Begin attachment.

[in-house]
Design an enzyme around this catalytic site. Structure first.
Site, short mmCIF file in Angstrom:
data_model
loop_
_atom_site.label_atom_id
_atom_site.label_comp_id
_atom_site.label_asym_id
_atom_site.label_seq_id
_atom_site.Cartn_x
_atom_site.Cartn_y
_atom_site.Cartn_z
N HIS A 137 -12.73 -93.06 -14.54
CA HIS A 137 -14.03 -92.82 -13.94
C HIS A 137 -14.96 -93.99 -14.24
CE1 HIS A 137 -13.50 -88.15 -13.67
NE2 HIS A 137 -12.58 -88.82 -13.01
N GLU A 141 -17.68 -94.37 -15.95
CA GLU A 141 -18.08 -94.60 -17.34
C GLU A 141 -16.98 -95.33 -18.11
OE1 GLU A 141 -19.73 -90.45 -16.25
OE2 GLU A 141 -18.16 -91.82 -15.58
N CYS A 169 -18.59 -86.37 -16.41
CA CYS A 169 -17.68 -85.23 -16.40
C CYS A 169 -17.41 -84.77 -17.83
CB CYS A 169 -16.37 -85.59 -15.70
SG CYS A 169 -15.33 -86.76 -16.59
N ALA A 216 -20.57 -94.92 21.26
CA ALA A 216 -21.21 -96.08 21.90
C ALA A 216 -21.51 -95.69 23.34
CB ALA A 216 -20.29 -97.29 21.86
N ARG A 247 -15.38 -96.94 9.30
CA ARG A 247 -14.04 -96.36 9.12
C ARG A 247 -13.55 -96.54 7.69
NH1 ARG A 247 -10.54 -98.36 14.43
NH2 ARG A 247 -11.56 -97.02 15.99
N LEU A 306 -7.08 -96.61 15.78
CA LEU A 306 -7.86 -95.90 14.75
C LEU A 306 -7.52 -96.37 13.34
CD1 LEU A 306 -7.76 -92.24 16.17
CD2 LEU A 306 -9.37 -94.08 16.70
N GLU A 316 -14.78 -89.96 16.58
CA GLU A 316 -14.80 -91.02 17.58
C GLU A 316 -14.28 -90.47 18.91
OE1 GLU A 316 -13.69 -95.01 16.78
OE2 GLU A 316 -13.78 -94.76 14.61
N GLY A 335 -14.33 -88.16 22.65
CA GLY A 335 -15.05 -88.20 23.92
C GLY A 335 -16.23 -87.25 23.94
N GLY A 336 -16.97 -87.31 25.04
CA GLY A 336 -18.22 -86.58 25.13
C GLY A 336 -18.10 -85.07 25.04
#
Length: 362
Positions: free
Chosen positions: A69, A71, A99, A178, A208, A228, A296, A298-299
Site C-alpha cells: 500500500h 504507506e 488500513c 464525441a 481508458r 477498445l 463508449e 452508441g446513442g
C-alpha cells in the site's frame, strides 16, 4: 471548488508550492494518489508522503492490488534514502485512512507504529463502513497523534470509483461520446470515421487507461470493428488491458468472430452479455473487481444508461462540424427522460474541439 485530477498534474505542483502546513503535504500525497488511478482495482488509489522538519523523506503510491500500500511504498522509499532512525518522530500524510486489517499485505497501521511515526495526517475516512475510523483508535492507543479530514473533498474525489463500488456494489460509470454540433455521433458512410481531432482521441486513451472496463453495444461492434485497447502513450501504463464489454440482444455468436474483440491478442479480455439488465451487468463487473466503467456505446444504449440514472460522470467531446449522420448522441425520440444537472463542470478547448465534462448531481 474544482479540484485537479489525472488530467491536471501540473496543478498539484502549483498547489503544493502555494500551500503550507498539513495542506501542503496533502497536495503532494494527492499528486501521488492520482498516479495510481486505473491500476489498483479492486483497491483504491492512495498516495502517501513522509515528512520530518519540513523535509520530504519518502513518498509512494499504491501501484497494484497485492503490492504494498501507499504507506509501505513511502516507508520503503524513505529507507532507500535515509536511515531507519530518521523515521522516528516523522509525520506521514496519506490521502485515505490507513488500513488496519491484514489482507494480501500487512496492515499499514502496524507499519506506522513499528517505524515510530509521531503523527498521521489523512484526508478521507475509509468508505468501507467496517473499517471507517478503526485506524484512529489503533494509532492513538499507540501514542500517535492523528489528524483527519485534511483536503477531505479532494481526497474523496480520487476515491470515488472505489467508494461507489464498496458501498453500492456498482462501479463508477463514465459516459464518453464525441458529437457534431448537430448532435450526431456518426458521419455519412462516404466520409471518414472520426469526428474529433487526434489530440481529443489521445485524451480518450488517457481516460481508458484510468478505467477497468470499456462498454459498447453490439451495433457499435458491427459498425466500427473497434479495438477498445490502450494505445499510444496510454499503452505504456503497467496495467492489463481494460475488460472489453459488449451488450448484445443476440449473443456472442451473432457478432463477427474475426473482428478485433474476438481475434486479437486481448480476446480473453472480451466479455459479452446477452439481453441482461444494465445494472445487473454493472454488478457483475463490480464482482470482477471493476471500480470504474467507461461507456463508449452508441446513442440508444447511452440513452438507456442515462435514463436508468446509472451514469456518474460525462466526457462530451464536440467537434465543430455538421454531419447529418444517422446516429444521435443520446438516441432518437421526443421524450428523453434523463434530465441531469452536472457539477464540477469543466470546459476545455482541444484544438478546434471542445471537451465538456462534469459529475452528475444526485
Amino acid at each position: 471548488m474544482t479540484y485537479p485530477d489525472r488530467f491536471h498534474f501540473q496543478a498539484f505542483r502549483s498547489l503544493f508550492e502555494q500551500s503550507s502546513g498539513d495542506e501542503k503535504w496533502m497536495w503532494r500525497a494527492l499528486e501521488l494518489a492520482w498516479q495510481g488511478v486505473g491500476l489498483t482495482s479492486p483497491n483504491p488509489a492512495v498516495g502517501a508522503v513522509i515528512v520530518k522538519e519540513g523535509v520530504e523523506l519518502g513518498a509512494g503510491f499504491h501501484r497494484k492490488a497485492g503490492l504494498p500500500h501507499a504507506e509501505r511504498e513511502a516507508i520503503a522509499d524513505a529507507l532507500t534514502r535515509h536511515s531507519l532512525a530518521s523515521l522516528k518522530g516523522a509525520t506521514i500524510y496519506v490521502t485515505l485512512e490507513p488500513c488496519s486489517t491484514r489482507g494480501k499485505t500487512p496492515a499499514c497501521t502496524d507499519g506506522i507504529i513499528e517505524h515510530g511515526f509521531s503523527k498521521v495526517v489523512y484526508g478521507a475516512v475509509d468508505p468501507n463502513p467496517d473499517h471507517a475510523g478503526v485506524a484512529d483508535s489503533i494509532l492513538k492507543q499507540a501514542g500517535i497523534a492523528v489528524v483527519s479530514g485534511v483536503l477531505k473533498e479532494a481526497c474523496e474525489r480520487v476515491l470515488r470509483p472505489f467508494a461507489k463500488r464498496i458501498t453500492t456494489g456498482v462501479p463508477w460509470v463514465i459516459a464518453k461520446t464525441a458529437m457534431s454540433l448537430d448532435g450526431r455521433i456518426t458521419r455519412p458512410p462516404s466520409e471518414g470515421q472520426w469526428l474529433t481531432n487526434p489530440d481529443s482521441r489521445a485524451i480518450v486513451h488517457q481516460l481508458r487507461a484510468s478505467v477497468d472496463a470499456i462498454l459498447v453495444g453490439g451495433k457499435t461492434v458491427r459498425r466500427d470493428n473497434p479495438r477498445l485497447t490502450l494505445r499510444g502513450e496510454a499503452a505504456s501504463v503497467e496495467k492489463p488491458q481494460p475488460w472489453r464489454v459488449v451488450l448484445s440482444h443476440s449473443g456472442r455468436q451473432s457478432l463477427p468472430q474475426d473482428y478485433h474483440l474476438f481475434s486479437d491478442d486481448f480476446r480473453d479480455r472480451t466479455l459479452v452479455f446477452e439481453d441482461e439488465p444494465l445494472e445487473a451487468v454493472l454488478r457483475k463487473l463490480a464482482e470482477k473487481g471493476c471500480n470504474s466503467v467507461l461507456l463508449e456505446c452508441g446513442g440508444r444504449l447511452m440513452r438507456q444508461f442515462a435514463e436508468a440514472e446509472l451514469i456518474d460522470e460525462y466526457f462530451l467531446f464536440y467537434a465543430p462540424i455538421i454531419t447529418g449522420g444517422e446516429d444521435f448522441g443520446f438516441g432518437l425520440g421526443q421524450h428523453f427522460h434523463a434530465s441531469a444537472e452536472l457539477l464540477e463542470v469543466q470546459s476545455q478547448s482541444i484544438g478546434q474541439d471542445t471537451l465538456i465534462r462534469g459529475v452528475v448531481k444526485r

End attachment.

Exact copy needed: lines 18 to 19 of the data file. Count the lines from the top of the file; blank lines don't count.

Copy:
N GLU A 141 -17.68 -94.37 -15.95
CA GLU A 141 -18.08 -94.60 -17.34